When we were selected for the PAX 10 in 2012 with our game Cannon Brawl it was really exciting, but also scary. It was the first conference where we had ever showed the game and the first time we would get to see random people react to the game. I was really nervous, had no idea what I was doing, and wasn’t quite sure how to make the most of the experience.
Now that we’ve shown at PAX a second time, Minecon, and other smaller events, I thought I’d pass on what we’ve learned to you indie developers gearing up for your first trade show.
Below on the left was our first showing at PAX 2012. Just a white table and the game. On the right was our full set from Minecon 2013, including the tablecloth, banner, pins, and special edition tins:
- Pick a good booth position if possible. Think about foot traffic. Try to get a booth that faces out towards a lane of foot traffic, corner booths are often good for this. Or if you’re part of a group, arrange your tables so that your games all face outward. At our first PAX, the tables were set up in rows, which meant games on the inside tables would get terrible foot traffic. We rearranged all the tables into a big U shape. All our backpacks and personal stuff could go in the center, all our games faced out to the crowds.
- Always bring tape, scissors, and a surge protector. There has never been a show where I didn’t need those for something. Also bring bottled water and snacks!
- Get some friends to help your demo your game. Pitching your game to people eight hours a day is exhausting and your voice will go out having to shout over the noise (also, bring throat lozenges). Having friends to help will allow you to take breaks to eat, rest, and check out the show.
- Practice standing. You’ll be on your feet for hours a day. I’m a programmer so this was something I wasn’t used to doing. My legs were killing me after the first day. I now use a standing desk at work which has improved my endurance for trade shows.
You have a lot of freedom to dress up your booth. I had never been to a trade show at all before our first PAX, so we just brought our laptops and the game, some business cards and almost nothing else. Here’s some additional ideas:
- Colored table cloth, we made ours out of a party table cloth (very low cost) and yellow tape. You can use this instead of the standard black table cloth you’ll get at every show.
- Cloth banner and stand. This isn’t as expensive as I thought and helps people passing by identify your game quickly.
- Sign up sheet for your email newsletter (set this up if you don’t have it) to help build your fan base. People will sign up!
- Make flyers with the game name, facebook page, twitter, website, and your email on it. People will take these and if they like your game, it’ll remind them how to follow it’s progress or buy it. At our first PAX we made about 500 flyers and we ran out on the third day.
- Set up a bowl of candy. It gives people and excuse to wander over and say “hi.” You’ll also get people who just grab some and leave without a word, but it’s still worth it for the overall increased foot traffic.
- If possible, try and get your monitor elevated above the heads of the people playing. Small crowds will can form around a game and block visibility of other passers-by. At the last show we went to we just put the monitor on a box covered in a black table cloth.
- If you have a way of selling your game, do it! We sell steam keys and a special edition version that comes in a small tin with some cannon brawl themed magnets (all handcrafted by Cannon Brawl’s artist Theresa Duringer). It feels more meaningful if you can tie something physical to the game key.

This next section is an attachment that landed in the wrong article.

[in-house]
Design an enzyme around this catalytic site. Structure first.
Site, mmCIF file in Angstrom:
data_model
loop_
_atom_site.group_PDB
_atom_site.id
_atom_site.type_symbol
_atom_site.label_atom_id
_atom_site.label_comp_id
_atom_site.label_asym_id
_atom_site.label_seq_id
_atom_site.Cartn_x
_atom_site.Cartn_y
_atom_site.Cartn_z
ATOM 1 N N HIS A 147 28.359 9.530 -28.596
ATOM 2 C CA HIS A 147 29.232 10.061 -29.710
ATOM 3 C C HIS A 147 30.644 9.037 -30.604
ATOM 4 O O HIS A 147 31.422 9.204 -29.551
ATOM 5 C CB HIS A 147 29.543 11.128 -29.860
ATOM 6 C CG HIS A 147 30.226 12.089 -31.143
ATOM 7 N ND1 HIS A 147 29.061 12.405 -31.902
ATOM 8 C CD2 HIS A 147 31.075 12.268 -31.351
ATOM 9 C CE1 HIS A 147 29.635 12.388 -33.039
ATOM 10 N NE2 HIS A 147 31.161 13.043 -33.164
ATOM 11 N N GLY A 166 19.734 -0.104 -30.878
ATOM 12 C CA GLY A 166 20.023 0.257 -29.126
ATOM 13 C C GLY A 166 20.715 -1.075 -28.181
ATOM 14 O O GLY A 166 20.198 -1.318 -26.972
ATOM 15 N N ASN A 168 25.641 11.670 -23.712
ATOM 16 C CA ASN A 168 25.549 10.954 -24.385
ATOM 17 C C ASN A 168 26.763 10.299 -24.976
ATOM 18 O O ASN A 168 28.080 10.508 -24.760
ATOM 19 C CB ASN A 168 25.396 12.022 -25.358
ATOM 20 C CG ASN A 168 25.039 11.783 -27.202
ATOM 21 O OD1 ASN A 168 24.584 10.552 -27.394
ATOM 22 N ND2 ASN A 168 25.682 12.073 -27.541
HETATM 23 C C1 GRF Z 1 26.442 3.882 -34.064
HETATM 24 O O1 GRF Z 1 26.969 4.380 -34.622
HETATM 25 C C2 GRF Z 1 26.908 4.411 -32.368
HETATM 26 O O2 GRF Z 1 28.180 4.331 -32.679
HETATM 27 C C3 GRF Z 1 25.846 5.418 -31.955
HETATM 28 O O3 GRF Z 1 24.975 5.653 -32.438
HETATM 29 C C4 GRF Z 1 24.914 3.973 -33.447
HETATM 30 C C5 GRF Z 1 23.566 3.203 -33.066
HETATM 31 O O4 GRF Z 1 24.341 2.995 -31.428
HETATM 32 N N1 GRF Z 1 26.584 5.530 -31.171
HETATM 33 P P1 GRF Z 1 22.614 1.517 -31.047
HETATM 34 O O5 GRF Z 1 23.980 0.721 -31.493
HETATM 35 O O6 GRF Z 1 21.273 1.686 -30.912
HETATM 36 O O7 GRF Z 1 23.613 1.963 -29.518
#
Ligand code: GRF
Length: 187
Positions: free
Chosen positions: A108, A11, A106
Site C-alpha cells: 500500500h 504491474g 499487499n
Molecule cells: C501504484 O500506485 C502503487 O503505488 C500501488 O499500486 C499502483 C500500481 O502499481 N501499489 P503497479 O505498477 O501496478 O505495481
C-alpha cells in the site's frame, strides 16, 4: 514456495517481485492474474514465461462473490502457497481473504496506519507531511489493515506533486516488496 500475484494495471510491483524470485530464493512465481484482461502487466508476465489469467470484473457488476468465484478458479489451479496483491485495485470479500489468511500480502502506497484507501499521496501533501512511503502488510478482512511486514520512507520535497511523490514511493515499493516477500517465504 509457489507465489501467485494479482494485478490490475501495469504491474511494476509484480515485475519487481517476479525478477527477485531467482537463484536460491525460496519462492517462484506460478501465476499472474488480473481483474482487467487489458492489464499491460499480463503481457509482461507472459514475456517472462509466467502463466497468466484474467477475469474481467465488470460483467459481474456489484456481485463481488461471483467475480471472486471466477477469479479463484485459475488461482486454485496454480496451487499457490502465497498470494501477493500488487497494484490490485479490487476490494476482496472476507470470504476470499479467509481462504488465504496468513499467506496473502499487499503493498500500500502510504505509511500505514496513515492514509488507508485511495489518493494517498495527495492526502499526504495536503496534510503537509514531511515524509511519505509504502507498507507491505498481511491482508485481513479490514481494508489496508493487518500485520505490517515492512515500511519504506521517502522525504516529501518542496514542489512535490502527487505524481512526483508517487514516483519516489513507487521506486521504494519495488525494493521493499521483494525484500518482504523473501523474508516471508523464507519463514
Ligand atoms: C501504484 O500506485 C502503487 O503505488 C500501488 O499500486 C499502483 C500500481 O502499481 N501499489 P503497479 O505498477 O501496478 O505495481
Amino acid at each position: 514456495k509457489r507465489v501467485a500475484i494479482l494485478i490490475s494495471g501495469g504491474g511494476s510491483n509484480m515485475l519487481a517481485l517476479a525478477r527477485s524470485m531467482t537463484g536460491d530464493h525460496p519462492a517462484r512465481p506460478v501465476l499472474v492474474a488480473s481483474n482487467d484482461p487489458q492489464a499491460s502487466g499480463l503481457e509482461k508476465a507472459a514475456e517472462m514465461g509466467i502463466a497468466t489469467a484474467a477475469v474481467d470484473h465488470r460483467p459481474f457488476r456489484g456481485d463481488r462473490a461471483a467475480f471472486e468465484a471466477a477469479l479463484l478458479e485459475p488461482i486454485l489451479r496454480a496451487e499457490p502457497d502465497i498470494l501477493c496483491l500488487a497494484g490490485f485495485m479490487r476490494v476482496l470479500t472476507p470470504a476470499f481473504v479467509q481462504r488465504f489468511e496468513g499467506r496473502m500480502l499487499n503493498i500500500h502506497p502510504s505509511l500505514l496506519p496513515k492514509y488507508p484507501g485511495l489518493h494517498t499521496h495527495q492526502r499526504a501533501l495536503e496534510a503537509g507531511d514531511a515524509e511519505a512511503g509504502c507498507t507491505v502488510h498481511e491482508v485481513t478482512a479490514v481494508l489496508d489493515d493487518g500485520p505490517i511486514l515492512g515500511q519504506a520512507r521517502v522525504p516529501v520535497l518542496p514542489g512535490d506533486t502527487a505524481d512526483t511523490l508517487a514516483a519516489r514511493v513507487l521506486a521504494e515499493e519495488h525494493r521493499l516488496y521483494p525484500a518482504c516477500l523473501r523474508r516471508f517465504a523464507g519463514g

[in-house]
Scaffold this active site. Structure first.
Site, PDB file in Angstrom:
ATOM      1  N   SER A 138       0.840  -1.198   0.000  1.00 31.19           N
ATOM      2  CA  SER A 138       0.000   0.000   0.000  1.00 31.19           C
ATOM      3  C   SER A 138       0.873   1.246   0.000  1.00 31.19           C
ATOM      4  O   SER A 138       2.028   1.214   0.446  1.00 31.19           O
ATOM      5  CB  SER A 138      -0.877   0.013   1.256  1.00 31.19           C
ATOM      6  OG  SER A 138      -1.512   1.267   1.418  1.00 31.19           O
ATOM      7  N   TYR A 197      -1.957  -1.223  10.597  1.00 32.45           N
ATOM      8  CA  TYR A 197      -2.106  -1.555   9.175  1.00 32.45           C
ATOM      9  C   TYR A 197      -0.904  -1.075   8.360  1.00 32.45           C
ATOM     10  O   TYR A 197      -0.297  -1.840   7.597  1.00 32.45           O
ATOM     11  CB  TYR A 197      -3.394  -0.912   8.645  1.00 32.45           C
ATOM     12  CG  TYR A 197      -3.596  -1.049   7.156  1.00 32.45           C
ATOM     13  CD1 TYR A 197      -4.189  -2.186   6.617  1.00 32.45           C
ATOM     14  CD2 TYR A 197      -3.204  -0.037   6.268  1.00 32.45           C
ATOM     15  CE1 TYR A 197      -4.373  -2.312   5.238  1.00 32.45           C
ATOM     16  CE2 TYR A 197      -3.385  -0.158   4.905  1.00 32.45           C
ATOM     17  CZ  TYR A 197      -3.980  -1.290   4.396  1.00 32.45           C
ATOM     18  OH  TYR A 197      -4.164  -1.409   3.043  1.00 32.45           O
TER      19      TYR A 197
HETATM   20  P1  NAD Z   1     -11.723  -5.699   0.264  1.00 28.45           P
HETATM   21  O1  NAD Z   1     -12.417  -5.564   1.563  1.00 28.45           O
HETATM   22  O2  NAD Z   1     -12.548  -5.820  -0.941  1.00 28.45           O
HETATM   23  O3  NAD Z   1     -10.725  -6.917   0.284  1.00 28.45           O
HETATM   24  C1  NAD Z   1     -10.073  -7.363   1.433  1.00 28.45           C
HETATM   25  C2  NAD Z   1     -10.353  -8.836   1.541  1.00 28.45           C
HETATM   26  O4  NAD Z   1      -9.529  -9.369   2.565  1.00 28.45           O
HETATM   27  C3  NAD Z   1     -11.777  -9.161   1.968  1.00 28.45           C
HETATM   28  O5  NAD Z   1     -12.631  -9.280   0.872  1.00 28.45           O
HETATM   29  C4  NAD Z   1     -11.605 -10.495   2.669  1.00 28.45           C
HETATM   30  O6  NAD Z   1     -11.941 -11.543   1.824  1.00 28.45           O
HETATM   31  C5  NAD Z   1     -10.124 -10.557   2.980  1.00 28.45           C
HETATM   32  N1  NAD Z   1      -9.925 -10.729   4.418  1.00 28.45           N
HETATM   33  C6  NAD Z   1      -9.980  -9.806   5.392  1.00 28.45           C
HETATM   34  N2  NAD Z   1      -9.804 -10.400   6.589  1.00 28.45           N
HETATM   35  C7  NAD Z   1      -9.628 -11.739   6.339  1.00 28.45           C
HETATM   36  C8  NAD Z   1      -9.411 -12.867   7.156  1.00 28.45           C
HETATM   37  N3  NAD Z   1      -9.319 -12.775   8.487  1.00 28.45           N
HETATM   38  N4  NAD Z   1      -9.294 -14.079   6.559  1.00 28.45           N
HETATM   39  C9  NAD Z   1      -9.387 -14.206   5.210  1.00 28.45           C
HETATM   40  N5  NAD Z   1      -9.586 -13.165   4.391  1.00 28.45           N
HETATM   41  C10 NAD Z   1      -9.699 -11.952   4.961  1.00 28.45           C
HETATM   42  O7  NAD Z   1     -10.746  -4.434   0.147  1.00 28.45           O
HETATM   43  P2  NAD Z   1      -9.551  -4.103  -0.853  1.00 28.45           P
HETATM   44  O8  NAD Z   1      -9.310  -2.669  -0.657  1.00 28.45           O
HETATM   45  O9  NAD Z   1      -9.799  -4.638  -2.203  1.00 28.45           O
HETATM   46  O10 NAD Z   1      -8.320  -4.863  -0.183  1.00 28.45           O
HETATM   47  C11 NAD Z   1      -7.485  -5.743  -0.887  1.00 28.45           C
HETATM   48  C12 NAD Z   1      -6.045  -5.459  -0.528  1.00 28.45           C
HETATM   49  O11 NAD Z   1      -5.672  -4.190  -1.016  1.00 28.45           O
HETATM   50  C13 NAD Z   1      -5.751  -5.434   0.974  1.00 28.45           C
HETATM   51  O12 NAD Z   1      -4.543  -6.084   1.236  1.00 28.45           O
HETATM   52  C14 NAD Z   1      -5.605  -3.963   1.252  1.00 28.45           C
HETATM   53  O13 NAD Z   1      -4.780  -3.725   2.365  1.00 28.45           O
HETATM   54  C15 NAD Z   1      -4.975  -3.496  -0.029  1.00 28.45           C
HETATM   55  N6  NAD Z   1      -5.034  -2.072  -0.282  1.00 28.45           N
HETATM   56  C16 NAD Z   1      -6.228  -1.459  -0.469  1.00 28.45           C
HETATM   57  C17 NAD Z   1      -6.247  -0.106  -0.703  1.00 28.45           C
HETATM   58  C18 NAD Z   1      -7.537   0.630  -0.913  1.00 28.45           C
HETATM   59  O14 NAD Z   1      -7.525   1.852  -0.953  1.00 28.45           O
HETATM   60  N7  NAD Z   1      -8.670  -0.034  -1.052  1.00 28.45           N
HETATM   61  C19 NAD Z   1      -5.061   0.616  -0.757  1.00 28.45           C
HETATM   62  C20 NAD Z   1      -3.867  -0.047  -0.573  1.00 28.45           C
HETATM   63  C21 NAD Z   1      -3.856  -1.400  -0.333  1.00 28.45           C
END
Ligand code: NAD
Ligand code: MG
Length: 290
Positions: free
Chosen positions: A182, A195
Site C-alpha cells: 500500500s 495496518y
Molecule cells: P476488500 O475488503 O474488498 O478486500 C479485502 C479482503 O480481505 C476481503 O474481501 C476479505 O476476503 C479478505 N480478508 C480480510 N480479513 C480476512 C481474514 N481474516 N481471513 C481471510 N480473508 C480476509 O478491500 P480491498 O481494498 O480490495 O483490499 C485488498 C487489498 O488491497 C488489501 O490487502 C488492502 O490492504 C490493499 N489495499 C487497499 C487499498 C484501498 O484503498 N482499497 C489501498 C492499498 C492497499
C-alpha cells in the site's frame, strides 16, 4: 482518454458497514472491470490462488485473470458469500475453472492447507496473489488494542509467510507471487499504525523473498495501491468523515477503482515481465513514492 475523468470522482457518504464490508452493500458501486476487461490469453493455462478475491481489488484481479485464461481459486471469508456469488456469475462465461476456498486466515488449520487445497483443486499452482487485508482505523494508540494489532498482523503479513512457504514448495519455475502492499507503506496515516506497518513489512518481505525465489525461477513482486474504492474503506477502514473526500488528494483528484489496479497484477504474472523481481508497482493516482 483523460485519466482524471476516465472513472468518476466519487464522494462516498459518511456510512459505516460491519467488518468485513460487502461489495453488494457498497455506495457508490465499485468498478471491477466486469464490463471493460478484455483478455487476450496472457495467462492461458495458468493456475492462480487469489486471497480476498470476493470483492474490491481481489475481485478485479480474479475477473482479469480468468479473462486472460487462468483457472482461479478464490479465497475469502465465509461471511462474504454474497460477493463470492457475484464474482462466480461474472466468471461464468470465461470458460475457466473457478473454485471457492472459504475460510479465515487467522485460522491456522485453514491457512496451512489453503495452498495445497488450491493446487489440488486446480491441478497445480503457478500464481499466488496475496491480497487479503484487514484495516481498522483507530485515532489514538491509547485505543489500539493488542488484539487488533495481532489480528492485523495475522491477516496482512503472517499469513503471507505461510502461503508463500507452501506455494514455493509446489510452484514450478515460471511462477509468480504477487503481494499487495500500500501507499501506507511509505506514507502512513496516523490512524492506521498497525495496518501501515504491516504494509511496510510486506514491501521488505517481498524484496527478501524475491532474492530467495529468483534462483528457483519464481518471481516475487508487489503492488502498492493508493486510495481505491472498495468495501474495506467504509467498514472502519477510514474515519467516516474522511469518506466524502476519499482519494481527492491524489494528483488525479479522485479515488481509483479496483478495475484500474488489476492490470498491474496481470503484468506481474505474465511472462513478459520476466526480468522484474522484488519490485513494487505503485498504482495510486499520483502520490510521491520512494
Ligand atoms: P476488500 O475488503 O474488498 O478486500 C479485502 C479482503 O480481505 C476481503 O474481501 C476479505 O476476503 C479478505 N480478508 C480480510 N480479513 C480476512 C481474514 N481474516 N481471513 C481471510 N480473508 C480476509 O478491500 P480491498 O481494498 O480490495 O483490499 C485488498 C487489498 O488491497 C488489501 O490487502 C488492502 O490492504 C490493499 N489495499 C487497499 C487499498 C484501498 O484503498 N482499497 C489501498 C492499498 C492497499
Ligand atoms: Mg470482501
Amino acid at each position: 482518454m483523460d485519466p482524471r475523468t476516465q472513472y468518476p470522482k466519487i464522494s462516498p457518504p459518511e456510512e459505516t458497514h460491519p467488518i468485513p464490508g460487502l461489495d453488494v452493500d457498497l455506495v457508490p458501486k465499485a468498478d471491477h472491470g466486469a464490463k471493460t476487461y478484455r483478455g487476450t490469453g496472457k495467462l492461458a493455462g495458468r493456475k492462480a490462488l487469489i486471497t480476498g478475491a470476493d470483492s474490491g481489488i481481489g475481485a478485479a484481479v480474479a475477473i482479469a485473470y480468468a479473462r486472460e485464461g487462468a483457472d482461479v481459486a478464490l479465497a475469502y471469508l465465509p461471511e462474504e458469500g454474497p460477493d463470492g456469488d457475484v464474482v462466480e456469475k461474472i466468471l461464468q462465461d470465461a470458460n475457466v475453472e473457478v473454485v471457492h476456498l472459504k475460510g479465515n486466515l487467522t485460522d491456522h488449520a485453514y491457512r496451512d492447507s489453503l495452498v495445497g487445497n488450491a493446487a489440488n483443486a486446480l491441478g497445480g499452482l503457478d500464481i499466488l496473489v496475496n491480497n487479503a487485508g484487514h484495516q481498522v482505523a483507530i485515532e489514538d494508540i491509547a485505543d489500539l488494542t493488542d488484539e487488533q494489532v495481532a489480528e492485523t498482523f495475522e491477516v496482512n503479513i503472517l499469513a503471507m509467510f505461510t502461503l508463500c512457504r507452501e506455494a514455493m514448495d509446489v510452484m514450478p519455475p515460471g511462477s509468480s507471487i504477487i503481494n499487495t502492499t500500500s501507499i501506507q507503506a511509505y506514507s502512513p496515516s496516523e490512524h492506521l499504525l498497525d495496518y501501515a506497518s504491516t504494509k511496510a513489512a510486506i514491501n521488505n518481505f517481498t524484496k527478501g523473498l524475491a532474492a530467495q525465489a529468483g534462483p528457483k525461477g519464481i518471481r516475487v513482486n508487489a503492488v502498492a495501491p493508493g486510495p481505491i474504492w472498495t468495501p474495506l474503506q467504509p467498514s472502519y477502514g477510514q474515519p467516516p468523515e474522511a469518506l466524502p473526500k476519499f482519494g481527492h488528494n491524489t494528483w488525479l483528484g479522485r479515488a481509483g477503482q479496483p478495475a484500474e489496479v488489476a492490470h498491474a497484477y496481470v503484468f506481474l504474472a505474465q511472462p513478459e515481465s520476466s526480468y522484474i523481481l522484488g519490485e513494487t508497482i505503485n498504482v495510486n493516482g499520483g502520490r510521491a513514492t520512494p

- Make it clear what platform your game is on and when/if it is released and make this signage big and obvious. Cannon Brawl is a PC game, but we demo it with game controllers. Often people mistake it for a console game, and generally have no idea if it’s released yet (it’s been on Steam’s Early Access for months).
During the Show
- Get a notebook to take feedback notes. Trade shows are great way to see a lot of different people try to learn and play your game. You’ll find lots of changes you’ll want to make and a notebook is essential for remembering them. For trade shows that go on multiple days I always end up updating the build in the evenings with player feedback.
- There can be a catch-22 where if no one is playing your game (and it’s sitting at the main menu) people are less likely to come up and try it out, thus it stays at the main menu and no one plays it. You can solve this by playing it yourself, and keeping an eye out for people who stop to watch. Ask them if they want to try and get them playing. You can also try to set up an ‘Attract Mode’ where the game will play itself (like arcade games do). We tried both approaches and in our experience the most powerful attractor is for people to see other people having fun.
- When playing your game, players should get to do all the fun/engaging features themselves, which sounds obvious but applies in a special way to a multiplayer game. Cannon Brawl is a 1v1 competitive game, so we typically teach people to play by having them fight against us in a local multiplayer match. We let whoever we’re playing against always win and set up situations so that they can do something cool. For example I’ll place a building on a cliff, which gives them the opportunity to knock it off, showing the coolness of our destructible terrain. At my first PAX a developer demoed their game with me and showed me their game’s cool features by using them to defeat me. As someone totally unfamiliar with the game, it felt unfair to get crushed by the developer. Even when they catch on that you’re going easy, they’ll still appreciate not being destroyed at a game they’ve just started learning.